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Laboratory for Atmospheric and Space Physics

Design & Testing


A diagram of the SDC instrument. (Courtesy LASP)

A diagram of the SDC instrument. (Courtesy LASP)

Compared to previous, similarly designed dust counters, the SDC is lighter—only 1.6 kilograms (3.5 pounds)—uses less power, and was much less expensive to develop. Stringent constraints on mass, power, and budget are part of any planetary or space mission; these characteristics help make SDC an attractive dust instrument for future missions.

The SDC has a set of detectors, about the size of an 18 x 12-inch cake pan, which detect incoming particles. The detectors are made of a plastic film called Polyvinylidine Fluoride (PVDF). The detectors are all mounted to a large piece of honeycombed aluminum, which is then bolted with aluminum feet to the New Horizons spacecraft.

When the detectors sense the impact of a dust particle, they send a signal to a processor, made up of circuit boards and wires and connected to the detector by a harness. The processor then sends this interpreted signal to the transmitter on the New Horizons spacecraft. The transmitter streams the data back to Earth in the form of radio waves.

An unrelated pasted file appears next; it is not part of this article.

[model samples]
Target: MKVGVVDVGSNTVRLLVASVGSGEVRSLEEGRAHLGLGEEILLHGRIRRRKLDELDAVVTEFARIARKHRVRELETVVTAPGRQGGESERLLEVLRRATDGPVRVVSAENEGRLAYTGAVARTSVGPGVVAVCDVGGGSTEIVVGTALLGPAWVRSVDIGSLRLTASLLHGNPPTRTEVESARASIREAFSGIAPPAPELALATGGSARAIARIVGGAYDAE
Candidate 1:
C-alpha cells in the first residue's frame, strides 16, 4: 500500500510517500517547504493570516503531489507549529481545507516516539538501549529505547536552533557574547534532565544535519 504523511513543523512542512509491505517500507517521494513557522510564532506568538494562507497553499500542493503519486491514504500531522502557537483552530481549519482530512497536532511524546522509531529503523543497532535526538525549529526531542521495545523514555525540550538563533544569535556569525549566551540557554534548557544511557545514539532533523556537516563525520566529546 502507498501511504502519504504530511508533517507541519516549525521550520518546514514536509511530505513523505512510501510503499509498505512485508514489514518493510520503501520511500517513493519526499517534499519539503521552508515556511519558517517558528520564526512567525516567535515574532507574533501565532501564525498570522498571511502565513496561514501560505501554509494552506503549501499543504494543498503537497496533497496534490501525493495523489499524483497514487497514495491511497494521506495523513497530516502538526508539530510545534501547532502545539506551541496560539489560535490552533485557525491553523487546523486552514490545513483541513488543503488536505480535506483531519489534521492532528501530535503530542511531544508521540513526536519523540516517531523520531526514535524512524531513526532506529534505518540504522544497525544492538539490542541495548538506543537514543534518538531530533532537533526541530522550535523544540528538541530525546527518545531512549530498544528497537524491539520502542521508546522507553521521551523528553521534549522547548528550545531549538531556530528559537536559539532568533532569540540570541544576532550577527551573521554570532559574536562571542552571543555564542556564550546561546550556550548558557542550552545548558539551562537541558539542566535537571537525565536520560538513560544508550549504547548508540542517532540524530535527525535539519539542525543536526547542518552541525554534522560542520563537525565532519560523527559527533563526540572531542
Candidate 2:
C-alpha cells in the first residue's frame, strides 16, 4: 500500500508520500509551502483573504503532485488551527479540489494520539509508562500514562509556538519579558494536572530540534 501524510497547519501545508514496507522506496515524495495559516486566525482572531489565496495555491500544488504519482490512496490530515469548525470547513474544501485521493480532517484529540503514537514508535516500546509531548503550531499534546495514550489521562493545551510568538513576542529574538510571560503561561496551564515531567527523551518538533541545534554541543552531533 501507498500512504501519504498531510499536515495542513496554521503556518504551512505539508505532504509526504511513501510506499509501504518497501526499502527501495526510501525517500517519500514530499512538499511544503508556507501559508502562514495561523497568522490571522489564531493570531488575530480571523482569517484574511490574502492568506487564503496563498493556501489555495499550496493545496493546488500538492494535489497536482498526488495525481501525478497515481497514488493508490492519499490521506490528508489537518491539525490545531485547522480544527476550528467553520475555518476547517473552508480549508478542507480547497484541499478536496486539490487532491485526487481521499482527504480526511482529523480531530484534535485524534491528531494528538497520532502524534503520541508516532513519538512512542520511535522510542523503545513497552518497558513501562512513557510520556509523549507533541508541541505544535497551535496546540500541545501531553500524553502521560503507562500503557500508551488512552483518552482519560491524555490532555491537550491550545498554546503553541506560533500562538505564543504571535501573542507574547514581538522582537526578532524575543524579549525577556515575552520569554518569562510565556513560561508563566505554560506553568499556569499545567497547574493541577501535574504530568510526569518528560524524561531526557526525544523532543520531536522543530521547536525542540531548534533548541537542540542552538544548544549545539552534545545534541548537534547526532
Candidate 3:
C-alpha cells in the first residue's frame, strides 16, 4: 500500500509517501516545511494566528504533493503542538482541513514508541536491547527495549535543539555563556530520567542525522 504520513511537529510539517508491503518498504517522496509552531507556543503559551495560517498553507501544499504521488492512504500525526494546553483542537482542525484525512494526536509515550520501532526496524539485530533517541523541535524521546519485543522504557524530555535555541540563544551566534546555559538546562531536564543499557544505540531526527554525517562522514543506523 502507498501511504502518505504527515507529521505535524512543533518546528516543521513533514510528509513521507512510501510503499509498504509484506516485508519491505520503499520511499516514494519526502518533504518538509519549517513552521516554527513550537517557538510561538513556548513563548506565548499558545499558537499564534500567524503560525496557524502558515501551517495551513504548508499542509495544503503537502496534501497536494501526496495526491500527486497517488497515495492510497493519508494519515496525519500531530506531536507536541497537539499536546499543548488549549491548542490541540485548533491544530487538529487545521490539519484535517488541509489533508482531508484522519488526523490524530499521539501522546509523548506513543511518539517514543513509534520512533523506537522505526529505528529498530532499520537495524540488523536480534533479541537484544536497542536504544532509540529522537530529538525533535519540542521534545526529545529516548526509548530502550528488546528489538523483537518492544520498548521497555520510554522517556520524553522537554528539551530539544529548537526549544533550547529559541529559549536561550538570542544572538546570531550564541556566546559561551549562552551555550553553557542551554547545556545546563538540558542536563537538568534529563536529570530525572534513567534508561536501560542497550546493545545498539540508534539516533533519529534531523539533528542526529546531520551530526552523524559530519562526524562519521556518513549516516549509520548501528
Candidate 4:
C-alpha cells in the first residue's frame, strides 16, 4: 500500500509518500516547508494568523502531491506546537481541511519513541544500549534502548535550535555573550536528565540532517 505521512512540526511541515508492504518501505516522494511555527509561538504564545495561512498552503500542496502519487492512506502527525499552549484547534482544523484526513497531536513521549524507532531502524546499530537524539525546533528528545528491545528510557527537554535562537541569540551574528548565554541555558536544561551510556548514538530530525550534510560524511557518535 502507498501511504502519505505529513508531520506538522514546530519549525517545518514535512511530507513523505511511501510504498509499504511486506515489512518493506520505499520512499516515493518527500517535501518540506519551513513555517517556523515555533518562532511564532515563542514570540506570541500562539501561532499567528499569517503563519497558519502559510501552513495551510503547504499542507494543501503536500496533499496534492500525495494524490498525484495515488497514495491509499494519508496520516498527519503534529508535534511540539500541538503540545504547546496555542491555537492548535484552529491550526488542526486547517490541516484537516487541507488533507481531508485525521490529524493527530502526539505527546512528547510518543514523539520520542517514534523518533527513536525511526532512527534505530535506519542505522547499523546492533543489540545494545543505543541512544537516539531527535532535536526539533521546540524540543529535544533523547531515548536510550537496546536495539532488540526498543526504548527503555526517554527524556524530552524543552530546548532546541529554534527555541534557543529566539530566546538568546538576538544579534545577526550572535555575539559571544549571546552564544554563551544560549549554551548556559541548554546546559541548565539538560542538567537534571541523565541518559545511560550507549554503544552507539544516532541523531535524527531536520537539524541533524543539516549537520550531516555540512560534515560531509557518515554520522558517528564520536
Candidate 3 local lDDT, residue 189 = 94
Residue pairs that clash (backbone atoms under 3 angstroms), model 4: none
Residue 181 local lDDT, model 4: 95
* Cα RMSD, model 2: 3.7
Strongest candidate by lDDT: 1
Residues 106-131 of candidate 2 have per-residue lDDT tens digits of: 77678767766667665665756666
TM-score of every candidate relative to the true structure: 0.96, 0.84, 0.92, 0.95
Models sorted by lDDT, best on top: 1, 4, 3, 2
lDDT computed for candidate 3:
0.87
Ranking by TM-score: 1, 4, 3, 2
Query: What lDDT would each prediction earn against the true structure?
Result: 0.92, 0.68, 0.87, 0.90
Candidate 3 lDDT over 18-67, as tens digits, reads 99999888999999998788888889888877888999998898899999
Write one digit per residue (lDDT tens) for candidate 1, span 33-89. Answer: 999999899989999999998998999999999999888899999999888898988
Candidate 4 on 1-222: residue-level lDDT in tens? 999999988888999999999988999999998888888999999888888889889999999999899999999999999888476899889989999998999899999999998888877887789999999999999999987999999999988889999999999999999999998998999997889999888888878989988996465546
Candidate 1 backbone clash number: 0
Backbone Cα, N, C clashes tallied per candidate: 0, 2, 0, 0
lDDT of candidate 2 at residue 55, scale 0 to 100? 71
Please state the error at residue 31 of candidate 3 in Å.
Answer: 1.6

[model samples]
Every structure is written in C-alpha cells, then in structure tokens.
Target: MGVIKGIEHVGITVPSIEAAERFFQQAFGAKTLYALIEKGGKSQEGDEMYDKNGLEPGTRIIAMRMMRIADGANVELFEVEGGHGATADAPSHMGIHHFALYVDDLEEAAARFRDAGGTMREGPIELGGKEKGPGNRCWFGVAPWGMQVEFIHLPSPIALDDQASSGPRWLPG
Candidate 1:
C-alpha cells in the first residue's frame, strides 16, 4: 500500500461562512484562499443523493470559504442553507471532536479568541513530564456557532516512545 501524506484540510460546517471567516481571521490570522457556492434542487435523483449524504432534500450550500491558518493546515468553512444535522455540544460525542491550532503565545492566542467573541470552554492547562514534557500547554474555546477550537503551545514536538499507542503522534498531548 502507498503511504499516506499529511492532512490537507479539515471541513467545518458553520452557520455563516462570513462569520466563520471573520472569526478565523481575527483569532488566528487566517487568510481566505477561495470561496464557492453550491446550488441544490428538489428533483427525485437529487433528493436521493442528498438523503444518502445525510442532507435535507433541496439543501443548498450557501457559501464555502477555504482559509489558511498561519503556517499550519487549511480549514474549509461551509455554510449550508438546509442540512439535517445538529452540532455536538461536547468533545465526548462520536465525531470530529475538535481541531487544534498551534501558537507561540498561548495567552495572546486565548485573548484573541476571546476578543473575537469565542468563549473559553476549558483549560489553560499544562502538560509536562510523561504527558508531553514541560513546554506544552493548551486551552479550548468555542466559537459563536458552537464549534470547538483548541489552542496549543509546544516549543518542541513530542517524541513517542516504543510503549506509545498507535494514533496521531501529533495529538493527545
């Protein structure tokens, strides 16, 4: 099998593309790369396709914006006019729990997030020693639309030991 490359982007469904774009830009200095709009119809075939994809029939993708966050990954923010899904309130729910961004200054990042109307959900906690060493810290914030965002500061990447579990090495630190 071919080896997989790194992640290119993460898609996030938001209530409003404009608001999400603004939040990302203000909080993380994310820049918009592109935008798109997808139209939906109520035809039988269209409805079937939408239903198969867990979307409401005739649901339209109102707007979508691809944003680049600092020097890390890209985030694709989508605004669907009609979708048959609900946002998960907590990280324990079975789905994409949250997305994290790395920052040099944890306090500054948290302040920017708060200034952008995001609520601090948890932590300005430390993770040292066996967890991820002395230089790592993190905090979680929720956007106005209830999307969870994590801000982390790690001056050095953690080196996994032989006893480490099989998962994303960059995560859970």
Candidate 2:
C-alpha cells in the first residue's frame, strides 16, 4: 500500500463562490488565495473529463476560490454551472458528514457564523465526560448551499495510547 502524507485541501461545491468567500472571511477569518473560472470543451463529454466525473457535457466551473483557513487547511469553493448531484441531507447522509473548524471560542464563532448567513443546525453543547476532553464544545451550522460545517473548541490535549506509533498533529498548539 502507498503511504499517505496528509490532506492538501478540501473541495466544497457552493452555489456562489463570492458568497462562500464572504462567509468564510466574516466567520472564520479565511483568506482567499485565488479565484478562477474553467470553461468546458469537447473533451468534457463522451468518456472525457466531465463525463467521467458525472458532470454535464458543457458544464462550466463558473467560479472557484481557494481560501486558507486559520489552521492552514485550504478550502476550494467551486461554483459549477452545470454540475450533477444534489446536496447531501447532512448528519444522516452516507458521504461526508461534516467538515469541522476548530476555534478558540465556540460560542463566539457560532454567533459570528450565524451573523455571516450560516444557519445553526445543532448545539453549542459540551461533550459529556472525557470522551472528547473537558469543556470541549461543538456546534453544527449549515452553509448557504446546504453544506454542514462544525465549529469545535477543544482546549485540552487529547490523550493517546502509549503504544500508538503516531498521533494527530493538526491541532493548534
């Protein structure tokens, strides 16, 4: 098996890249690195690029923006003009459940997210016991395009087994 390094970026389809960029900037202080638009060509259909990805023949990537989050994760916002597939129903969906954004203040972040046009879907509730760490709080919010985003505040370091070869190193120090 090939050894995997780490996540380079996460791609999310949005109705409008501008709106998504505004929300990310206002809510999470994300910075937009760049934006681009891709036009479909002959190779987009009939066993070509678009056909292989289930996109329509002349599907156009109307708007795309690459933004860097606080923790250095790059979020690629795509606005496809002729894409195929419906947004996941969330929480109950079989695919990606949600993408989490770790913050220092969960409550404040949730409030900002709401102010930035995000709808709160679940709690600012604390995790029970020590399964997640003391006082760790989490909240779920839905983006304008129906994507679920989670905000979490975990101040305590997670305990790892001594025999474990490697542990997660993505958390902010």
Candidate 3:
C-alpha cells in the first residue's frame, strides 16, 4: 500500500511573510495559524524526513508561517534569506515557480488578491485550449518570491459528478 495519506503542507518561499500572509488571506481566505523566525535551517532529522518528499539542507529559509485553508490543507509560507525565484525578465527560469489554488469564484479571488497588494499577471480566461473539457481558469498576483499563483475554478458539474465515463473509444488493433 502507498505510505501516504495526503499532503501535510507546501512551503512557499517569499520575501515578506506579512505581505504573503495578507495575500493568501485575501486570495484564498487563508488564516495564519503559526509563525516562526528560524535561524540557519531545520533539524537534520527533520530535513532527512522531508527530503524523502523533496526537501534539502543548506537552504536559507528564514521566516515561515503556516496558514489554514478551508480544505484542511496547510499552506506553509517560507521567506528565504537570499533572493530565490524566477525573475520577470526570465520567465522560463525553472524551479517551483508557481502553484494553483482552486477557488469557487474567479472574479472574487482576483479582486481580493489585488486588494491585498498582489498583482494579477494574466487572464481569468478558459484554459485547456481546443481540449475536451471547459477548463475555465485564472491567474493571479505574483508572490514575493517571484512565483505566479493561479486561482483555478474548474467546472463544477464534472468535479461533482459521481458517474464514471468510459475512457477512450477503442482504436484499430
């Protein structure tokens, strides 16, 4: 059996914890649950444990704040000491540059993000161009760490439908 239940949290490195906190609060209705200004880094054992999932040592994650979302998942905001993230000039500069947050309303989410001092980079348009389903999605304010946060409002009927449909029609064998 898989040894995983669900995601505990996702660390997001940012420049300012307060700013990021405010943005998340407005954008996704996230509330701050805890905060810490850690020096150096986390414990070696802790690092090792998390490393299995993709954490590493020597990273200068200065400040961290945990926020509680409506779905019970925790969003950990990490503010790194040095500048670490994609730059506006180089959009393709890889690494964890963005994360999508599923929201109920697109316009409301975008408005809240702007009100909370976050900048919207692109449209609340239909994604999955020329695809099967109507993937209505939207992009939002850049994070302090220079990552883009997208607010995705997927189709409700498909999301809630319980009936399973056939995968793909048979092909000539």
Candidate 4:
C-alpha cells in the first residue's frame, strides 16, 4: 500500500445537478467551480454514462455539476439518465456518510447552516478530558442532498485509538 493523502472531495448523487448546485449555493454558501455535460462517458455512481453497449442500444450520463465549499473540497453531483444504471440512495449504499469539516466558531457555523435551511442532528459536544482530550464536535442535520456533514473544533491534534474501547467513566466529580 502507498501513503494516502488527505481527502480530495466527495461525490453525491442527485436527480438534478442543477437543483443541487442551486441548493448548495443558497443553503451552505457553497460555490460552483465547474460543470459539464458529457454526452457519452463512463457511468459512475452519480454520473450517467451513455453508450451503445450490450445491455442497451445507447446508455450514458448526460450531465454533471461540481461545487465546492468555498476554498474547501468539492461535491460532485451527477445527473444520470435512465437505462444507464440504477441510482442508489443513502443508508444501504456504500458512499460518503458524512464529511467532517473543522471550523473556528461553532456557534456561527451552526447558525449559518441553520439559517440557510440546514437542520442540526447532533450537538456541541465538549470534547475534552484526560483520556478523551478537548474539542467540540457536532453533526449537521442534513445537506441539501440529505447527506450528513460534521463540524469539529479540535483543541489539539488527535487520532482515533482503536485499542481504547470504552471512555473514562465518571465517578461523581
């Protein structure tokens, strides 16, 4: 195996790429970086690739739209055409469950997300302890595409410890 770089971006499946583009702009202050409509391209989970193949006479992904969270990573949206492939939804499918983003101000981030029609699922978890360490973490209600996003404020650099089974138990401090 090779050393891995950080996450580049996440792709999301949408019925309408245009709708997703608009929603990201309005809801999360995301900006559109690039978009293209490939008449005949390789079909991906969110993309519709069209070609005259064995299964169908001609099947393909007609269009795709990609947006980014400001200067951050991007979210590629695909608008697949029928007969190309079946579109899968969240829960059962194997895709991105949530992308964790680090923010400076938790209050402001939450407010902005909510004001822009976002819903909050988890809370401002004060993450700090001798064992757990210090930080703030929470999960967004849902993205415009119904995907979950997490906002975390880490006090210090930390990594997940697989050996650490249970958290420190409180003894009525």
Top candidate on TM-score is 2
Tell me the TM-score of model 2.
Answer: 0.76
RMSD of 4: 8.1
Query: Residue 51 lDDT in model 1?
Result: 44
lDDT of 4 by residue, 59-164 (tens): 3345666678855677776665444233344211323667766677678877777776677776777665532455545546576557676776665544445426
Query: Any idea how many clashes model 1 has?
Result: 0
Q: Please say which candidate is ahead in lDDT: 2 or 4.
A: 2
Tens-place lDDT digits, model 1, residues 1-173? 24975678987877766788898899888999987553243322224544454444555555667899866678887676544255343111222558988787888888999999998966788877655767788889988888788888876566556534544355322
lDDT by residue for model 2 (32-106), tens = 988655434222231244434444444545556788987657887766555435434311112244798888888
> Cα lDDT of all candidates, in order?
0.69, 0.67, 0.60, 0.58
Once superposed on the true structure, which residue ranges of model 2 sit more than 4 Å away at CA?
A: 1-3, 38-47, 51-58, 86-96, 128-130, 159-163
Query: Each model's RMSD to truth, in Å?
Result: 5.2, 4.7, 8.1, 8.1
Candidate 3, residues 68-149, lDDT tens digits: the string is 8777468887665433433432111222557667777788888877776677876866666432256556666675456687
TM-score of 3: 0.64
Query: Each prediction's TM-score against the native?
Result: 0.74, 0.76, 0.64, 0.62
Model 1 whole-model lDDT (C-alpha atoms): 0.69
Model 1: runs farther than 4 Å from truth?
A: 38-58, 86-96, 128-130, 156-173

Spare SDC detectors undergoing a 'shake' test. (Courtesy LASP)

Spare SDC detectors undergoing a ‘shake’ test. (Courtesy LASP)

All of the materials used on the SDC required stringent testing and verification in order to ensure that they can withstand the rigors of space.

The entire instrument underwent several tests, including heating and cooling in a thermal vacuum test, exposure to electromagnetic interference in an EMI/EMC test and shaking (similar to that of a launch) in a vibrational test.

After each test, the instrument was checked and every piece examined to confirm that all materials in the SDC could survive the space environment.